Doing Leadership Differently

It seems that every popular author has written about leadership. There is so much material on leadership … some of it is good, and some of doesn’t say much. However, we all know leadership is important. I would like to weigh in on some areas where I would consider doing leadership differently.

The first thing we need to provide for our leaders is an accountability system that goes beyond the yearly review of their job performance. In the church, we need to be careful we don’t violate a leader’s personal boundaries, yet, it is in these personal boundary areas where people like Ravi Zacharias had their darkest days. So, how we set up open communication, trust, and privacy is critical to effectively keeping a leader from falling into temptation.

Here is a list of 10 values that I think can keep leaders accountable:

1. A leader has to be aware of their vulnerable blind spots.

Self-awareness is a critical value to how a leader will be tempted by the pride of success or the narcissism of being a sought-after leader. Success can be a blind spot for highly motivated people, and those who follow success will eventually find that success has a limited shelf life.

2. A leader is not infallible, nor are they always right.

This is probably one of the hardest areas for a leader to admit. A leader loves the praises of their followers, so to be wrong puts their credibility at stake. Being wrong is a human characteristic … no one can be right on everything. Yes, people think they are right on everything, but the Bible tells differently. Most leaders have some narcissism to their personality and depending on how self-aware the leader is that narcissism can grow and get out of control.

3. A leader is transparent and admits to their shortcomings.

Leadership in the church world has to be on a scale somewhere between Jesus and the Apostle Paul, and leaders feel they need to measure up to the expectations of their parishioners. Many churches today require their Pastors to have a PhD because they don’t want anyone to think less of them for having a pastor without a higher degree. It really has become a status symbol. I am not knocking people who go on to achieve the much sought-after degree of Doctor, but having a Dr. in front of your name doesn’t make you a better Christian, nor does it give you a better standing with God. On the contrary, sometimes the more educated you are the less spiritual you become because the faith that it takes to believe is now transferred to values. Values are helpful, but values are not faith.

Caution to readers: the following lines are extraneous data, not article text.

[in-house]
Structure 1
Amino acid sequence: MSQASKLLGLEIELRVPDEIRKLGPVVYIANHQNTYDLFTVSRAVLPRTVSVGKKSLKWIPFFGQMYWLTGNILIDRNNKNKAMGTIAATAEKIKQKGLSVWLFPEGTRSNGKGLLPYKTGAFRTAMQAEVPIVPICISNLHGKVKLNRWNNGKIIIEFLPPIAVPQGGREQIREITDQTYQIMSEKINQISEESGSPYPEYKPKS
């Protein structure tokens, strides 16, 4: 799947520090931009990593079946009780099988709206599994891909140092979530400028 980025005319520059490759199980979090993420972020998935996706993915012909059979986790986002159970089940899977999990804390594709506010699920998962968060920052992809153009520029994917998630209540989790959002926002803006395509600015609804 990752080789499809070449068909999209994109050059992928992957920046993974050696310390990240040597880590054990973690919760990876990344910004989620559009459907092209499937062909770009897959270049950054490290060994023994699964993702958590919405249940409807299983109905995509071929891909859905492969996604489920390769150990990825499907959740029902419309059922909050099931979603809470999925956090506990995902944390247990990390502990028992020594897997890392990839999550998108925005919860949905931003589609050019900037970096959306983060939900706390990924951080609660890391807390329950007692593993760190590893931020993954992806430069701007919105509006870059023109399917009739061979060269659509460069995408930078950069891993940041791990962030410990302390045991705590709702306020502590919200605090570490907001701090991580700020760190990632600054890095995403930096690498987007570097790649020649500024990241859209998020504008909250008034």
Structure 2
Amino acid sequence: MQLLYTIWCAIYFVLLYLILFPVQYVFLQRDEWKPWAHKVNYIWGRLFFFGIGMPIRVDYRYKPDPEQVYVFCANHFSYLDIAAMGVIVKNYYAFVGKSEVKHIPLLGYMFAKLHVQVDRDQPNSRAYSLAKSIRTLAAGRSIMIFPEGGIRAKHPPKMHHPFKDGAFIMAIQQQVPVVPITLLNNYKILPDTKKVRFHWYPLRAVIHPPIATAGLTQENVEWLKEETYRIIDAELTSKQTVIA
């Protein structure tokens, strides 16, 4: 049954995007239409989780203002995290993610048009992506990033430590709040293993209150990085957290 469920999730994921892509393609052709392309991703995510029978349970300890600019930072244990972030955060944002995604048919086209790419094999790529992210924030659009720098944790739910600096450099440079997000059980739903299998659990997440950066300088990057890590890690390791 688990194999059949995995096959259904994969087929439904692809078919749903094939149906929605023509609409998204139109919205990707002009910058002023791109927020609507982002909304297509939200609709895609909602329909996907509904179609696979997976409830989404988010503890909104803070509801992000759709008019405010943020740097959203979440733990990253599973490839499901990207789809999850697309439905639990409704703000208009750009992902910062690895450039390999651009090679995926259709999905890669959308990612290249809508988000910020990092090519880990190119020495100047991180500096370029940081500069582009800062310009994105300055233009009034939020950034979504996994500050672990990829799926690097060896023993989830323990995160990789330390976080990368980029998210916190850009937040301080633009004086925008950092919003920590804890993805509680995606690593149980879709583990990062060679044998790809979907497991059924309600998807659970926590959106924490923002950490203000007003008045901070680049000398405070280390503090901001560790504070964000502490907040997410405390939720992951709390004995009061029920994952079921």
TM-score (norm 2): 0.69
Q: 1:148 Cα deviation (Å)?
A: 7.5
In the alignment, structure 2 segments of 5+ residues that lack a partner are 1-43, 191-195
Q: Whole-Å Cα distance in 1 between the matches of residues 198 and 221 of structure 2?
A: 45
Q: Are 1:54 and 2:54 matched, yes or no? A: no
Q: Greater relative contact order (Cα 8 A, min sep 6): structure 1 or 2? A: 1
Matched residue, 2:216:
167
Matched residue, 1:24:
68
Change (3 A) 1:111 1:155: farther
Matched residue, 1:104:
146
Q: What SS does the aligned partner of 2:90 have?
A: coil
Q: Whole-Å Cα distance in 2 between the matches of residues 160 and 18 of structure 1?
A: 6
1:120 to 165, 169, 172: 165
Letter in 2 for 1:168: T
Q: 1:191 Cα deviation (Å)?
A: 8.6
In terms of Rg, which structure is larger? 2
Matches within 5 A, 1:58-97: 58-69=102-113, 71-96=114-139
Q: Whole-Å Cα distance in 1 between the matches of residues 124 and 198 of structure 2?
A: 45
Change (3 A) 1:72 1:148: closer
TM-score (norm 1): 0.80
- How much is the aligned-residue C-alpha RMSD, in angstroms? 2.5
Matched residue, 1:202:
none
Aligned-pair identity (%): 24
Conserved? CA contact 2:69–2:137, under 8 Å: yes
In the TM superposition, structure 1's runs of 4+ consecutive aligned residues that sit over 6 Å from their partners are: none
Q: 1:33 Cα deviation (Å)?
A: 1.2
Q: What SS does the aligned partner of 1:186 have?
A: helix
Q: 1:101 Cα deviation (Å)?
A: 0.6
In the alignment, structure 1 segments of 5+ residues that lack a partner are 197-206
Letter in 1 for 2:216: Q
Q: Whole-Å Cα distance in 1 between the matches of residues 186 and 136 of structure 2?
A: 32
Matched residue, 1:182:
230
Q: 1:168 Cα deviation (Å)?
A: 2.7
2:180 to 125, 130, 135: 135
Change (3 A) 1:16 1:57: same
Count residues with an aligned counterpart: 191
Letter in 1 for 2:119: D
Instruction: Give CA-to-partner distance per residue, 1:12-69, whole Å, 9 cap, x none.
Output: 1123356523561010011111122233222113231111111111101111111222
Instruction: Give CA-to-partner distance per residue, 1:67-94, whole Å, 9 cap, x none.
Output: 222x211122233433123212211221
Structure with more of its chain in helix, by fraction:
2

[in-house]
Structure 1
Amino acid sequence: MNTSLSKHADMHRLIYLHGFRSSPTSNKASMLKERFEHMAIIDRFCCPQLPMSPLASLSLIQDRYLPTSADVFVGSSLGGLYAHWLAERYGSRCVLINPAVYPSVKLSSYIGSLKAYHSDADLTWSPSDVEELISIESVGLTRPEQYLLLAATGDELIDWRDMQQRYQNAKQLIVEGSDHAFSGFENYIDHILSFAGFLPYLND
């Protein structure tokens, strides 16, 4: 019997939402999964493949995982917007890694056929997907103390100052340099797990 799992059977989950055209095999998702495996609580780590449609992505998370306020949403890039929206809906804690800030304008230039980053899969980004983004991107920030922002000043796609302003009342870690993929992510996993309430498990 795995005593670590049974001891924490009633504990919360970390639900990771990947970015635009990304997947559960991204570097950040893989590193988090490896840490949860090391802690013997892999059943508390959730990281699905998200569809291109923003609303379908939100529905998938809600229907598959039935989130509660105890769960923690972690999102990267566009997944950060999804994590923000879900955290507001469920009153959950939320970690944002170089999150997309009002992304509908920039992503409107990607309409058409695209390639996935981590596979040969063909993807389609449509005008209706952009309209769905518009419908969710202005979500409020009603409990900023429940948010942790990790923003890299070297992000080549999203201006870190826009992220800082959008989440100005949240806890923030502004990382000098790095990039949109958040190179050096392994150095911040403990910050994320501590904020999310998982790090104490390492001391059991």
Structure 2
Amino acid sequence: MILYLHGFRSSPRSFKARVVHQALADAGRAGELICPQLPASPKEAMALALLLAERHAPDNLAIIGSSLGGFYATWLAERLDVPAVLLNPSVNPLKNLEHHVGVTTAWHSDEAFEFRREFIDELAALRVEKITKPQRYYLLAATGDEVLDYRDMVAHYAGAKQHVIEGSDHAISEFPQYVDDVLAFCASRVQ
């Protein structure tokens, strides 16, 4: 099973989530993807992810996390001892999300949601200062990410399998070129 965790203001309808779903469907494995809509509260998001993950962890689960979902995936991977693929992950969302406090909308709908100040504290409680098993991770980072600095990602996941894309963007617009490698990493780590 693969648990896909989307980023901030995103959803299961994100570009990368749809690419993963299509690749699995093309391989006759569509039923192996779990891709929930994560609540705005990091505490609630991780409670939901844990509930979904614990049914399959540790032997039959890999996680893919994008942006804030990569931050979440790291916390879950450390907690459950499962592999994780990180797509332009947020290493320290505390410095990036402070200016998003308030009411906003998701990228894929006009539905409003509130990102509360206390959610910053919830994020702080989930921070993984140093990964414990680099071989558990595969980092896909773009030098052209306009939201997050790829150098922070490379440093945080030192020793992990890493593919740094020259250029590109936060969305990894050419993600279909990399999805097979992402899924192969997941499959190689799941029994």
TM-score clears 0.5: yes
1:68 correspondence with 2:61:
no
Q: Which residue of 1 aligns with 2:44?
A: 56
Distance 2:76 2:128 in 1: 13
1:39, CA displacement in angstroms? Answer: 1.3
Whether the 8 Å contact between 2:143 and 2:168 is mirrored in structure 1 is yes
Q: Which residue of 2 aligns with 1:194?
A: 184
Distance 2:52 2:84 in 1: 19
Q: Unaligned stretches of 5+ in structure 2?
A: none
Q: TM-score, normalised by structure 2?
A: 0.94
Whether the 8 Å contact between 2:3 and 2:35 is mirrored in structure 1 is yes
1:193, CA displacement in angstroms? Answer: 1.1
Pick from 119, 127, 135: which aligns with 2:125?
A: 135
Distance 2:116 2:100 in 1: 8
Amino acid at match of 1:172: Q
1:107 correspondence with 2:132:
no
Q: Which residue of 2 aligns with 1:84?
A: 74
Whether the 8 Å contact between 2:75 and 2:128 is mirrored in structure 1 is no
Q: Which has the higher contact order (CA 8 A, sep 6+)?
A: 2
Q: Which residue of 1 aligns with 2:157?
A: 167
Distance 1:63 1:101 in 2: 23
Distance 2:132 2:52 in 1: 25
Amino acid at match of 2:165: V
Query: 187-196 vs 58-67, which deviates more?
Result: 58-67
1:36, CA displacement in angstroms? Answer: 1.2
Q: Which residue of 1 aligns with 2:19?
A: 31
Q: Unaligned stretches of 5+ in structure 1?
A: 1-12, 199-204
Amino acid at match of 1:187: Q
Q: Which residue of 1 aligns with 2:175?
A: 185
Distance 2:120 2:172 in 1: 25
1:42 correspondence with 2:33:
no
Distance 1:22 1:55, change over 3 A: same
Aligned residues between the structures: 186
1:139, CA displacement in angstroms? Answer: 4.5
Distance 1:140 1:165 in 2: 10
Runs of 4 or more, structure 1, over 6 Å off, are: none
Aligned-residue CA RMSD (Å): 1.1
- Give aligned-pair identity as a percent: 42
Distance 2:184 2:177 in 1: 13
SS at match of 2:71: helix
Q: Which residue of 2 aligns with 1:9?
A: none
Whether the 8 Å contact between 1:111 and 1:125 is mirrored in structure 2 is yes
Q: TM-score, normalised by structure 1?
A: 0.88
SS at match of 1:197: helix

4. A leader pursues courage and displays strength.

One of the more tragic cases of leadership I’ve seen is when rioters threatened to burn down a city, and the leaders in that city told their police to stand down. With that order by the city leaders, the looters and rioters in Minneapolis were given the freedom to take what they wanted and burn what was not protected. A trait of good leadership is the strength to have the courage to make the right decisions in the middle of a crisis. In this example, the mayor of Minneapolis and the governor of Minnesota showed no leadership qualities of courage or strength.

5. A leader takes advice and pursues a variety of inputs before committing to a decision.